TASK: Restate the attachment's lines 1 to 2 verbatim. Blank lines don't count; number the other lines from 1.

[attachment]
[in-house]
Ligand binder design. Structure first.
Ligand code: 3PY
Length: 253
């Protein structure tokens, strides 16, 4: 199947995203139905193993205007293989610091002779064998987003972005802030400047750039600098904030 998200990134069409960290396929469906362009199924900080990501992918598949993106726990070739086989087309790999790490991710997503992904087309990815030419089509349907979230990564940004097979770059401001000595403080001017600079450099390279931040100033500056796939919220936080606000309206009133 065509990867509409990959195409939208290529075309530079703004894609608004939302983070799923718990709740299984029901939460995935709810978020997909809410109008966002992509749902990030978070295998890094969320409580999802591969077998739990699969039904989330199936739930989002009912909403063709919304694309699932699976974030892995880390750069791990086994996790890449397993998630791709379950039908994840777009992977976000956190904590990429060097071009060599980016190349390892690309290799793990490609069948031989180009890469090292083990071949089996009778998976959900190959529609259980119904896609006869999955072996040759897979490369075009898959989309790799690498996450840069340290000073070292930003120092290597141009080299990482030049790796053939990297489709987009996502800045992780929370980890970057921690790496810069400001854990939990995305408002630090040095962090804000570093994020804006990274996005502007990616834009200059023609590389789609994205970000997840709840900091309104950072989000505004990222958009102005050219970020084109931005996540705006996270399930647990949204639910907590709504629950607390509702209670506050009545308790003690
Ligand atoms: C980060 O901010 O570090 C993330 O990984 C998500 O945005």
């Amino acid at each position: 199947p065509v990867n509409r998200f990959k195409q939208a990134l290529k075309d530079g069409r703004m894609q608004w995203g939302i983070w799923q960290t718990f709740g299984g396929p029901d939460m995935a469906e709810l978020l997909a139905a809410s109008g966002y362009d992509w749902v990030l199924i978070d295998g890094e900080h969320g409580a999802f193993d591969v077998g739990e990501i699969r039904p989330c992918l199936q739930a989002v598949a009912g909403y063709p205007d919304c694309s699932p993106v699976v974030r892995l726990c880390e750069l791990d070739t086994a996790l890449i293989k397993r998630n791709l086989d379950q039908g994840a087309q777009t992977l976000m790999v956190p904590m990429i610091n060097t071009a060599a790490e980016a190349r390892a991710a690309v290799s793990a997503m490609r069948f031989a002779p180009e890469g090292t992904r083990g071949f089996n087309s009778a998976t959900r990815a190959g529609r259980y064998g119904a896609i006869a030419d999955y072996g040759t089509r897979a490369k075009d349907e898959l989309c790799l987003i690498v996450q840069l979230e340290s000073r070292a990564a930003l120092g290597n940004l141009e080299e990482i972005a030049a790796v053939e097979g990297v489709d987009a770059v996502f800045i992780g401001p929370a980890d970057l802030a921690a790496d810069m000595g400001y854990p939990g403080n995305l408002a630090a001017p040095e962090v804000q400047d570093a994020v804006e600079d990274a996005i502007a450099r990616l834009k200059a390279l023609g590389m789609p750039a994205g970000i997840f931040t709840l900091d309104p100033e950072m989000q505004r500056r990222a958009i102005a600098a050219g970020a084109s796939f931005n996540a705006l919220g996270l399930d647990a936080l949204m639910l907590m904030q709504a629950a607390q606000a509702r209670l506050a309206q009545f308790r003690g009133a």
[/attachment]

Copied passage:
[in-house]
Ligand binder design. Structure first.